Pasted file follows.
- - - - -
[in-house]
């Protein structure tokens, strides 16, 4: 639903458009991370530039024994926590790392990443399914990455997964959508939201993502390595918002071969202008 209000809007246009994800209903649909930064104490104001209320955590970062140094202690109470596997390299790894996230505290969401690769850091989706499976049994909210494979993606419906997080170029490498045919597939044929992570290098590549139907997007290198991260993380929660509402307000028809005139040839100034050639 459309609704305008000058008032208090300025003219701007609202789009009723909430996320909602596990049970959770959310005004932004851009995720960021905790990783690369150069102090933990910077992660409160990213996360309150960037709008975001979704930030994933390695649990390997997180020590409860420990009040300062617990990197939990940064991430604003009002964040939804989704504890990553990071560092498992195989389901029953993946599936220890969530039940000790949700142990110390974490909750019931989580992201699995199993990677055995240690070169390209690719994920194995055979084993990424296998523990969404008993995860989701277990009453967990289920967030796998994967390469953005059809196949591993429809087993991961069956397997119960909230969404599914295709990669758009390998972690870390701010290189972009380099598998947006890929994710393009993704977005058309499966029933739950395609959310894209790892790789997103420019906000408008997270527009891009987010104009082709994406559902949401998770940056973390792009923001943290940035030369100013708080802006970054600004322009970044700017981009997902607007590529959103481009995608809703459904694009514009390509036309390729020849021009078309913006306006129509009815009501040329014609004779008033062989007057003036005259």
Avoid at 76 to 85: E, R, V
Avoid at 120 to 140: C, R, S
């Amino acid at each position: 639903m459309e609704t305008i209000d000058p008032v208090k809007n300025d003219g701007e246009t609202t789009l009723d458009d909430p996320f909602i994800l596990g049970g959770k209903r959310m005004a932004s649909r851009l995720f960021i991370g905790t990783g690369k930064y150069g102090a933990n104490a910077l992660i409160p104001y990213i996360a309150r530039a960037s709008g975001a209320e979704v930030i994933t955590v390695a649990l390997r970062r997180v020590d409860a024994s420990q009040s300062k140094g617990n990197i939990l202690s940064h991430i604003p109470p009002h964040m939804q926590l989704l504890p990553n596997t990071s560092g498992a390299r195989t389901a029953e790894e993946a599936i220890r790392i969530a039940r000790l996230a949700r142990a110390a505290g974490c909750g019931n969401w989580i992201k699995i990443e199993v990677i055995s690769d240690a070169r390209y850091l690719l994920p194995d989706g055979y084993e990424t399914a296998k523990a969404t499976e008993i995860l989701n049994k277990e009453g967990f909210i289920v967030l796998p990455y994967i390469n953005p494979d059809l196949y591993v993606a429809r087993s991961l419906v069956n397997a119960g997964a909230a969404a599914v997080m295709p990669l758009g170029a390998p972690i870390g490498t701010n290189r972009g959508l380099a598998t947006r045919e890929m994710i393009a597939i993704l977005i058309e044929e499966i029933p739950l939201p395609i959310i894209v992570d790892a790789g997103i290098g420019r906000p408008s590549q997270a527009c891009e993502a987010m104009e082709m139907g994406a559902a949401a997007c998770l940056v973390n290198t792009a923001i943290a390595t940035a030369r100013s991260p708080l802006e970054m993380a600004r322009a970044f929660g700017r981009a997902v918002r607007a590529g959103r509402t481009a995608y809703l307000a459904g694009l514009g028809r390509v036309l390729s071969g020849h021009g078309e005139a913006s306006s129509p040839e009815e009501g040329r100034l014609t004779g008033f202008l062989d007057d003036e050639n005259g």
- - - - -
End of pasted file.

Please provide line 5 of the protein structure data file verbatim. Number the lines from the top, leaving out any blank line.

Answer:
């Amino acid at each position: 639903m459309e609704t305008i209000d000058p008032v208090k809007n300025d003219g701007e246009t609202t789009l009723d458009d909430p996320f909602i994800l596990g049970g959770k209903r959310m005004a932004s649909r851009l995720f960021i991370g905790t990783g690369k930064y150069g102090a933990n104490a910077l992660i409160p104001y990213i996360a309150r530039a960037s709008g975001a209320e979704v930030i994933t955590v390695a649990l390997r970062r997180v020590d409860a024994s420990q009040s300062k140094g617990n990197i939990l202690s940064h991430i604003p109470p009002h964040m939804q926590l989704l504890p990553n596997t990071s560092g498992a390299r195989t389901a029953e790894e993946a599936i220890r790392i969530a039940r000790l996230a949700r142990a110390a505290g974490c909750g019931n969401w989580i992201k699995i990443e199993v990677i055995s690769d240690a070169r390209y850091l690719l994920p194995d989706g055979y084993e990424t399914a296998k523990a969404t499976e008993i995860l989701n049994k277990e009453g967990f909210i289920v967030l796998p990455y994967i390469n953005p494979d059809l196949y591993v993606a429809r087993s991961l419906v069956n397997a119960g997964a909230a969404a599914v997080m295709p990669l758009g170029a390998p972690i870390g490498t701010n290189r972009g959508l380099a598998t947006r045919e890929m994710i393009a597939i993704l977005i058309e044929e499966i029933p739950l939201p395609i959310i894209v992570d790892a790789g997103i290098g420019r906000p408008s590549q997270a527009c891009e993502a987010m104009e082709m139907g994406a559902a949401a997007c998770l940056v973390n290198t792009a923001i943290a390595t940035a030369r100013s991260p708080l802006e970054m993380a600004r322009a970044f929660g700017r981009a997902v918002r607007a590529g959103r509402t481009a995608y809703l307000a459904g694009l514009g028809r390509v036309l390729s071969g020849h021009g078309e005139a913006s306006s129509p040839e009815e009501g040329r100034l014609t004779g008033f202008l062989d007057d003036e050639n005259g």